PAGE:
In Chile, a group of travelers who are in an underground nightclub when a massive earthquake hits quickly learn that reaching the surface is just the beginning of their nightmare.
Get ready for a film that is part comedy, part horror and part disaster film. ‘Aftershock’ blends all of these genres and comes away with a very powerful and gut wrenching look at a group of friends who are out enjoying the night life in Chile and while in a club the entire building comes down around them, killing many and injuring more, including one of their own. As they make their way out of the club and discover the entire town is in ruin, they find themselves trying to survive a town in ruin, continuing aftershocks and tsunami warnings to boot while being confronted with the true evil of human nature that often evolves in dire circumstances.
The first thirty or so minutes of the film plays more like a raunchy comedy than anything else, while around a third of the way in all of the fun and games cease and we enter the next section of the film which is a combination horror and disaster film for the most part. The combination of genres works but with Eli Roth so heavily involved (Roth co-wrote, starred and produced while Nicolas Lopez directed and co-wrote) you can’t help but see a number of similarities between the formula used here to that used in Roth’s second film ‘Hostel’ but while noticeable the relation doesn’t really harm the film in any way. If you have a formula that works there is no reason to use it I suppose and it certainly does work nicely in order to establish the characters and get the viewer to a point where they care about their fates.
The cast is composed mostly of unknowns aside from Eli Roth and a brief appearance by Selena Gomez, but all of them give impressive performances that really help you feel for these characters. One of my favorite elements of the film I unfortunately cannot mention here for it would ruin the effect while viewing, but let’s just say that the film pulls a few surprises and provides some very interesting takes on common formulas and switches them up in a very clever way of which the result is quite impressive. I found it one of the highlighting factors of this film and also a large part of the reason that I enjoyed it as much as I did.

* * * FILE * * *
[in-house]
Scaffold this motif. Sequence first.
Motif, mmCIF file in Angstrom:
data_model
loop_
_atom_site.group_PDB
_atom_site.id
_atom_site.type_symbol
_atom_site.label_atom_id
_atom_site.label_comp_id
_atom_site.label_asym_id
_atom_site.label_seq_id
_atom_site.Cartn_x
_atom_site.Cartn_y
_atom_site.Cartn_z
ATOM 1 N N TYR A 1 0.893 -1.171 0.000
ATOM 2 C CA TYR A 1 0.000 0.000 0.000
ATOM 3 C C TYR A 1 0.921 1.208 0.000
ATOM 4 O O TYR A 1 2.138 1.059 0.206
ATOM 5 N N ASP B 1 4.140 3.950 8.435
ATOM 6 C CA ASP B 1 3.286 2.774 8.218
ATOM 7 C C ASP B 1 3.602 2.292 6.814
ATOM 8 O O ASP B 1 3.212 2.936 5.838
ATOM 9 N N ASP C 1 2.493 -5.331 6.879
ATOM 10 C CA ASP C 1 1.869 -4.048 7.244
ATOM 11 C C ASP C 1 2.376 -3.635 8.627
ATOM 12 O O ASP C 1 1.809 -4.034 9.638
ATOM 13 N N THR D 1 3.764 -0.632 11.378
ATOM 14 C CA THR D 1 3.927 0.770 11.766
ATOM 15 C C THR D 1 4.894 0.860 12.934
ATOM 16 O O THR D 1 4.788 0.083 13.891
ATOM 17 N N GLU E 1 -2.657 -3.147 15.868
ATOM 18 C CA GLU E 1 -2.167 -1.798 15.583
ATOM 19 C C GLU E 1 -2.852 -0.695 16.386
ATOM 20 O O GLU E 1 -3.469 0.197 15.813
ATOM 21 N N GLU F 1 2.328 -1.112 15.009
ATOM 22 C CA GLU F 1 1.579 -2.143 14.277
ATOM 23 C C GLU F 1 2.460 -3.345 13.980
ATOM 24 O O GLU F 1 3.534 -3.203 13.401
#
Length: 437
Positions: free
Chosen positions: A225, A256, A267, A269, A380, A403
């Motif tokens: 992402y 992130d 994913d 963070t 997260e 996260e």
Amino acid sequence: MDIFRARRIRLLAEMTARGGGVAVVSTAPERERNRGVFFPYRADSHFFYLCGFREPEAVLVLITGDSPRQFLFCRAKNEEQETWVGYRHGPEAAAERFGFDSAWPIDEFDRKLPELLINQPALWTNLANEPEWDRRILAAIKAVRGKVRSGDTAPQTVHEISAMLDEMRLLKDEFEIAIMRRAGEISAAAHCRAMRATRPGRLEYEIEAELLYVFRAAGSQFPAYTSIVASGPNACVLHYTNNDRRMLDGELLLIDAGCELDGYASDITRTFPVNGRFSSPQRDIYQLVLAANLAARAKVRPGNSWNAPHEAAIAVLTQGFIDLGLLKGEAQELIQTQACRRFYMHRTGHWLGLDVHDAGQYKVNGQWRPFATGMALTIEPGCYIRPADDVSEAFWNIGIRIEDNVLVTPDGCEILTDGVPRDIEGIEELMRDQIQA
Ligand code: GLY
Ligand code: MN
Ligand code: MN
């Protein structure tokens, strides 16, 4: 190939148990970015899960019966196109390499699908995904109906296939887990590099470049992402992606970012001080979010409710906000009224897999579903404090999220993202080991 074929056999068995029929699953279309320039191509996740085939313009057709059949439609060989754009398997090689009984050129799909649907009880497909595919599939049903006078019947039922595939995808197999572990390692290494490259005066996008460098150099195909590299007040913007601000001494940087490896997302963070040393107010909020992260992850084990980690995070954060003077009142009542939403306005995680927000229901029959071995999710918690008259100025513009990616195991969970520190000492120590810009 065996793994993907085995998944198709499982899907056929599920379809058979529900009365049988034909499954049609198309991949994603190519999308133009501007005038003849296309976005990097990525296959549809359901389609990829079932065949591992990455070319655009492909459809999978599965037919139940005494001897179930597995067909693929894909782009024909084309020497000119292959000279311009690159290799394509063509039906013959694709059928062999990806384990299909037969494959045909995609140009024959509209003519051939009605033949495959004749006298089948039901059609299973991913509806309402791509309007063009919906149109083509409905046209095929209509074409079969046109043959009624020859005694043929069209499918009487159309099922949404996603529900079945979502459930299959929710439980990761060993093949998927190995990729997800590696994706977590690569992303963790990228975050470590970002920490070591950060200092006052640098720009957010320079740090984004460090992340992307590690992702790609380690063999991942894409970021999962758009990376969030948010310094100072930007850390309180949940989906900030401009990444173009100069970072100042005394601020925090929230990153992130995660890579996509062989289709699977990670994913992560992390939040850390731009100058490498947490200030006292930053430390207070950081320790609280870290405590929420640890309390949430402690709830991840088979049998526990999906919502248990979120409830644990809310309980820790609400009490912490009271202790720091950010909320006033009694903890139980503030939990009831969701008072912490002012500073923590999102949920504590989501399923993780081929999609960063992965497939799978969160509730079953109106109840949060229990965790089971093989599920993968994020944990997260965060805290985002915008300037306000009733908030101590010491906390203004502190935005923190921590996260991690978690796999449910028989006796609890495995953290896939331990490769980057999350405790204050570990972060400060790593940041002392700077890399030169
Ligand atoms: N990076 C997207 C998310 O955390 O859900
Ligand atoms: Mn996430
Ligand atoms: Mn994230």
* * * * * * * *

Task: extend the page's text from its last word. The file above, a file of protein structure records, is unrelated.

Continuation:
‘Aftershock’ certainly holds up on multiple viewings too which is always a plus if you are like me and purchases films far more than you rent them. I watched it when first released in theaters & on demand and if anything my second viewing (this Blu-Ray) was more enjoyable than the first and I can certainly see myself watching this one a number more times in the future. It’s certainly a title I would recommend picking up on Blu-Ray if you were considering doing so.
The Blu-Ray release of ‘Aftershock features a full 1080p High Definition presentation utilizing the film’s original 1.78:1 Aspect Ratio. As is usually always the case with Anchor Bay & Weinstein releases the video presentation looks great. The video is sharp, smooth, detailed and not lacking in any way that I could find and as usual supplied a very healthy bit rate. Fans of the film should have no complaints as to the video quality on this Blu-Ray release.
The Blu-Ray features a lossless 5.1 channel DTS-HD Master Audio soundtrack which really hits hard. Voices are always crisp and audible, even with the plethora of background noises swimming around the other speakers throughout the majority of the film. In the bar scene when everything starts coming down the lossless audio track really gets a chance to prove itself and it certainly does not disappoint. All of the background noises including crashes and falling debris is perfectly placed, and the bass is never afraid to really hit full force in certain sequences. Everyone should be thoroughly pleased with this DTS-HD MA audio track.
While the Blu-Ray of ‘Aftershock’ does not feature a large number of special features, it certainly has a few nice goodies. The special features on the disc include: ‘Audio Commentary with Eli Roth and director Nicolas Lopez’, a featurette on ‘The Making of Aftershock’ and a feature titled ‘Shaking Up The Casting Process’ which is an amusing video of actors trying out for the movie that get put into a simulated aftershock scenario in a changing room as a joke.
Film Rating: 7/10
Disc Rating: 8.5/10
‘Aftershock’ will be available to own on Blu-Ray & DVD Tuesday, August 6 from Anchor Bay Entertainment, Radius-TWC & Dimension Films.